Molecular biology-based assays are invaluable tools for the management of chronic viral hepatitis. Assays employing target—namely, polymerase chain reaction (PCR) and nucleic acid sequence-based amplification (NASBA, TMA)—or signal amplification techniques— branched chain signal amplification (bDNA) and the hybrid capture system (HCS)—are now commercially available for the quantification of viral burden in infected patients (Table 1). Different assays have different sensitivities and ranges of linearity. More recently, ''realtime'' PCR techniques have been developed. The principle is to detect amplicon synthesis and to deduce the amount of viral genomes in the starting clinical samples during, rather than at, the end of the PCR reaction. These methods are theoretically more sensitive than classical target amplification techniques and are not prone to carryover contamination. Their dynamic range of quantification is consistently wider, making them particularly useful for quantifying the full range of viral loads observed in untreated and treated patients.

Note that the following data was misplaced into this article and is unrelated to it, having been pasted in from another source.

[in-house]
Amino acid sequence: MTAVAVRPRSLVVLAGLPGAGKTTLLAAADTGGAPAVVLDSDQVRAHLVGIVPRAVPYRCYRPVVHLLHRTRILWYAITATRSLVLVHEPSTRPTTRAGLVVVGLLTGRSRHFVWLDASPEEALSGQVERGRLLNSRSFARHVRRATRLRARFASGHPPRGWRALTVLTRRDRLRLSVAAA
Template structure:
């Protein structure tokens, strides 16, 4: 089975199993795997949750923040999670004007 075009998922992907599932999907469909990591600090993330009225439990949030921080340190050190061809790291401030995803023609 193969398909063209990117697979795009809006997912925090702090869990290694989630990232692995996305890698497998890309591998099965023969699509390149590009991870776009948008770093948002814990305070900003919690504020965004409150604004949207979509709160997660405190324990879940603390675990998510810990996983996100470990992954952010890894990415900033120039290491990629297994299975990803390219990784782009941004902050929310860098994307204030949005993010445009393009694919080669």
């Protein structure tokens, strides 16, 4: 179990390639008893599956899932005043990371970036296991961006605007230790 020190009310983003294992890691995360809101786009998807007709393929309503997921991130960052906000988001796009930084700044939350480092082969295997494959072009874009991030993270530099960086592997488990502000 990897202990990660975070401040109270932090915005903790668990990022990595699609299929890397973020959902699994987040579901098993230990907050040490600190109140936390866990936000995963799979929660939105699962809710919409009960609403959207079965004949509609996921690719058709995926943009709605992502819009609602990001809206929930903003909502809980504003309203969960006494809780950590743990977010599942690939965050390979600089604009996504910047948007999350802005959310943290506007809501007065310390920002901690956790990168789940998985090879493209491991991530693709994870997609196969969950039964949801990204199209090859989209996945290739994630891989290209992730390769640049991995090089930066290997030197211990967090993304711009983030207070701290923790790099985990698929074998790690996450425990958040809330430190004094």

Whatever the technique used, software is used to calculate the threshold cycle (CT in ABI Prism, Cp in LightCycler) in each reaction with which there is a linear relationship with the initial amount of DNA. In each run, parallel processing of a panel of quantified standards is used to establish a standard curve for quantification (for further review, see Ref. ).
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The use of dumbbells gives you a much more comprehensive strengthening effect because the workout engages your stabilizer muscles, in addition to the muscle you may be pin-pointing. Without all of the belts and artificial stabilizers of a machine, you also engage your core muscles, which are your body's natural stabilizers.